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China’s Big Push for Solar Energy

Chithra Purushothaman is Research Analyst at the Institute for Defence Studies and Analyses, New Delhi. Click here for detailed profile
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  • December 31, 2018

    Emerging markets are frontrunners in solar energy production and consumption. By overtaking the developed countries, emerging economies like China and India have become important players in the solar energy market. 1 While China is the largest consumer of coal and the second largest consumer of oil after the United States (US), it has also emerged as the leader in the renewable energy segment, doubling its production between 2008 and 2016.2 China’s previous target was to make renewables account for up to 20 per cent of electricity consumption by 2030, which it has revised to at least 35 per cent in the new plan called the Renewable Portfolio Standard.3 Revised targets became possible because China could attain the 2020 targets three years earlier.4Despite China’s thirst for energy to feed its growing industries, China is trying to adopt clean energy, especially solar energy, into its energy mix and has been leading in both solar photovoltaic (PV) installed capacity and solar power generation since 2015.5 Against this backdrop, this issue brief evaluates China’s forays into solar energy and how it is making it big in the international solar energy industry.

    Quest for Clean Energy

    In a major move, China has made efforts to create a clean energy revolution in the past one decade. This has been driven by China’s resolve to address three key issues that have an impact upon the country. First, China’s commitment to the Paris Declaration has led to major policy changes in its renewable energy sector. In line with the Paris Agreement, it has agreed to lower its carbon intensity by 40 to 45 per cent below the 2005 levels. China’s leadership role in the Paris Declaration makes it imperative for Beijing to stick to its commitment, which will provide it greater legitimacy in the wake of the US withdrawal from the agreement. Second, China’s war against pollution requires that it switch to clean energy as a major component of its energy mix as well as invest heavily in renewable energy production.6 Being the largest carbon emitter in the world, China has pledged to halt the growth in its carbon emissions by 2030. Third, reducing overdependence on fossil fuels has been an important aspect of China’s search for energy security. Increased use of clean energy would reduce its dependence on oil imports, which is making China increasingly vulnerable to global instabilities as well as have a positive impact on the other two issues as well. Also, roughly two-thirds of China’s electricity production comes from coal, which is highly polluting.7

    Driven by all these factors, China is aiming to improve the consumption of renewable energy with a particular focus on solar energy in which its current investments are at an all-time high.8 In 2017 alone, it invested USD 127 billion in renewable energy, out of which two-thirds went towards the generation of 53 GW (Gigawatt) of solar energy.9 By 2020, China plans to invest another USD 360 billion in renewable energy.10 The country’s commitment to renewable energy is evident from its 13th Five-Year plan (2016-20), which puts great emphasis on developing renewable energy.11 Currently, China is the leader in renewable energy technology and accounts for 40 per cent of the combined growth in the wind and solar photovoltaic (PV) sectors.12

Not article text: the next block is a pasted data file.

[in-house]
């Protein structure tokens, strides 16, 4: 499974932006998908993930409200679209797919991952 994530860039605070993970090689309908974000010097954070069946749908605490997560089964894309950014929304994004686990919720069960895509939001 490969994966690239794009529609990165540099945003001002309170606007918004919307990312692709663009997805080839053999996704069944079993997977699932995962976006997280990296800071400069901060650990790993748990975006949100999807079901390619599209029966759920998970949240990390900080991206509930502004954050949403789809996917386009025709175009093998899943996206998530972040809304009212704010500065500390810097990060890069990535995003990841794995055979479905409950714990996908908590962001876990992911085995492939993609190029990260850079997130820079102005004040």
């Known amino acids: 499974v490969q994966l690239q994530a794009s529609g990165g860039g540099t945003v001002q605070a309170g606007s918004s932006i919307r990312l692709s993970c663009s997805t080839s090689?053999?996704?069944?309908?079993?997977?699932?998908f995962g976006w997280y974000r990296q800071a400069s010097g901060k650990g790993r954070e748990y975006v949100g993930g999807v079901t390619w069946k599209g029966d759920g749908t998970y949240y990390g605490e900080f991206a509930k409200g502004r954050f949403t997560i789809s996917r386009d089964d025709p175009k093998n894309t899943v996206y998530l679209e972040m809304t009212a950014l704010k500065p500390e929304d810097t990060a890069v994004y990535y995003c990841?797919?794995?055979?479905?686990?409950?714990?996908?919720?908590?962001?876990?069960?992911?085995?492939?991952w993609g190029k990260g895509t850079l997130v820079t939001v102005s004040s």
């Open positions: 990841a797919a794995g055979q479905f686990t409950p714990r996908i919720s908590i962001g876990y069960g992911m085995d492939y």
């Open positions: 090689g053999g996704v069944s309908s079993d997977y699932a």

Solar Energy Forays

    China assessed the growing demand for solar modules in the early 2000s when Western countries like the US, Germany and France began to give subsidies for solar PV installations.13 Wanting to be a part of the global solar revolution that was about to set in, China also started giving incentives since early 2009 for boosting domestic solar PV manufacturing and started the process of acquiring technology and skills needed for manufacturing PV cells.14 China was able to catch up with Western countries in critical technological areas mainly through the purchase of manufacturing equipment from a competitive international market and recruiting skilled labour, especially from the Chinese diaspora which had vast experience in PV manufacturing as well as setting up PV firms in developed countries.15 Apart from gaining access to technology, China has benefited from the increasing cost-effectiveness of renewable energy technologies which have ensured its growing presence in the solar energy industry.16 Consequently, China assumed the role of the largest solar market in the world, and has the highest installed solar capacity of around 130 GW, which has grown from a mere 2.5 GW in 2011.17 Currently, solar energy makes up seven per cent of China’s total generation capacity.18 In 2017, the country added around 50 GW of solar power capacity, up from 35GW in 2016, which also exceeded the combined capacity additions of coal, gas and nuclear.19 Interestingly, the new PV capacity added by China in 2017 alone is equivalent to the total solar PV capacity of Germany and France taken together.20  As per the report of the China Electricity Council, the country has added 34.52GW of new solar power from January to September 2018.21

    Figure.1. Installed Solar PV Capacity from 2010 to 2017